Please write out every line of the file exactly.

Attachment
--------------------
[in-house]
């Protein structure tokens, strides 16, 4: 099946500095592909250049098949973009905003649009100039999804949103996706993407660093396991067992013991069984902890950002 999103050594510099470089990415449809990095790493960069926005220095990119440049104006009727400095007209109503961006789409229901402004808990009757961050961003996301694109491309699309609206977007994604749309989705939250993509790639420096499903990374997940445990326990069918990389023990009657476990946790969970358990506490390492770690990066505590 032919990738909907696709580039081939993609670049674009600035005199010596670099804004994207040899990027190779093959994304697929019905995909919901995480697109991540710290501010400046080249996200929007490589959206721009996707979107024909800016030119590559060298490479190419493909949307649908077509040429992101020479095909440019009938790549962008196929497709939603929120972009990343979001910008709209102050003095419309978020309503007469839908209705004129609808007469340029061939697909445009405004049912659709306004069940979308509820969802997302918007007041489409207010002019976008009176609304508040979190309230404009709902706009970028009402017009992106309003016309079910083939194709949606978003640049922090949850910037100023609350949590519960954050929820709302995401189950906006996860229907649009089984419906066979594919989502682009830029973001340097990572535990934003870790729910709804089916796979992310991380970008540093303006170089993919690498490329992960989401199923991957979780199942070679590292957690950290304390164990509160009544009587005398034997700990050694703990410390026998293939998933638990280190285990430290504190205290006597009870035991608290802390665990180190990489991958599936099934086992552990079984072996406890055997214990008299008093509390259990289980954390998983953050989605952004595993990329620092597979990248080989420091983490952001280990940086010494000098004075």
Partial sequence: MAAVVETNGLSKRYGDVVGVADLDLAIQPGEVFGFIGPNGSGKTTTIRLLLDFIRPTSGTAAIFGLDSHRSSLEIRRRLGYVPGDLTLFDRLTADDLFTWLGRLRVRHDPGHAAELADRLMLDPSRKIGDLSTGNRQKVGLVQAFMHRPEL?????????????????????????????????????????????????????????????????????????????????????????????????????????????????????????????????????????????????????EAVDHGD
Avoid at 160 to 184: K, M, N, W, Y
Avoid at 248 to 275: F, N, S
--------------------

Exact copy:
[in-house]
């Protein structure tokens, strides 16, 4: 099946500095592909250049098949973009905003649009100039999804949103996706993407660093396991067992013991069984902890950002 999103050594510099470089990415449809990095790493960069926005220095990119440049104006009727400095007209109503961006789409229901402004808990009757961050961003996301694109491309699309609206977007994604749309989705939250993509790639420096499903990374997940445990326990069918990389023990009657476990946790969970358990506490390492770690990066505590 032919990738909907696709580039081939993609670049674009600035005199010596670099804004994207040899990027190779093959994304697929019905995909919901995480697109991540710290501010400046080249996200929007490589959206721009996707979107024909800016030119590559060298490479190419493909949307649908077509040429992101020479095909440019009938790549962008196929497709939603929120972009990343979001910008709209102050003095419309978020309503007469839908209705004129609808007469340029061939697909445009405004049912659709306004069940979308509820969802997302918007007041489409207010002019976008009176609304508040979190309230404009709902706009970028009402017009992106309003016309079910083939194709949606978003640049922090949850910037100023609350949590519960954050929820709302995401189950906006996860229907649009089984419906066979594919989502682009830029973001340097990572535990934003870790729910709804089916796979992310991380970008540093303006170089993919690498490329992960989401199923991957979780199942070679590292957690950290304390164990509160009544009587005398034997700990050694703990410390026998293939998933638990280190285990430290504190205290006597009870035991608290802390665990180190990489991958599936099934086992552990079984072996406890055997214990008299008093509390259990289980954390998983953050989605952004595993990329620092597979990248080989420091983490952001280990940086010494000098004075």
Partial sequence: MAAVVETNGLSKRYGDVVGVADLDLAIQPGEVFGFIGPNGSGKTTTIRLLLDFIRPTSGTAAIFGLDSHRSSLEIRRRLGYVPGDLTLFDRLTADDLFTWLGRLRVRHDPGHAAELADRLMLDPSRKIGDLSTGNRQKVGLVQAFMHRPEL?????????????????????????????????????????????????????????????????????????????????????????????????????????????????????????????????????????????????????EAVDHGD
Avoid at 160 to 184: K, M, N, W, Y
Avoid at 248 to 275: F, N, S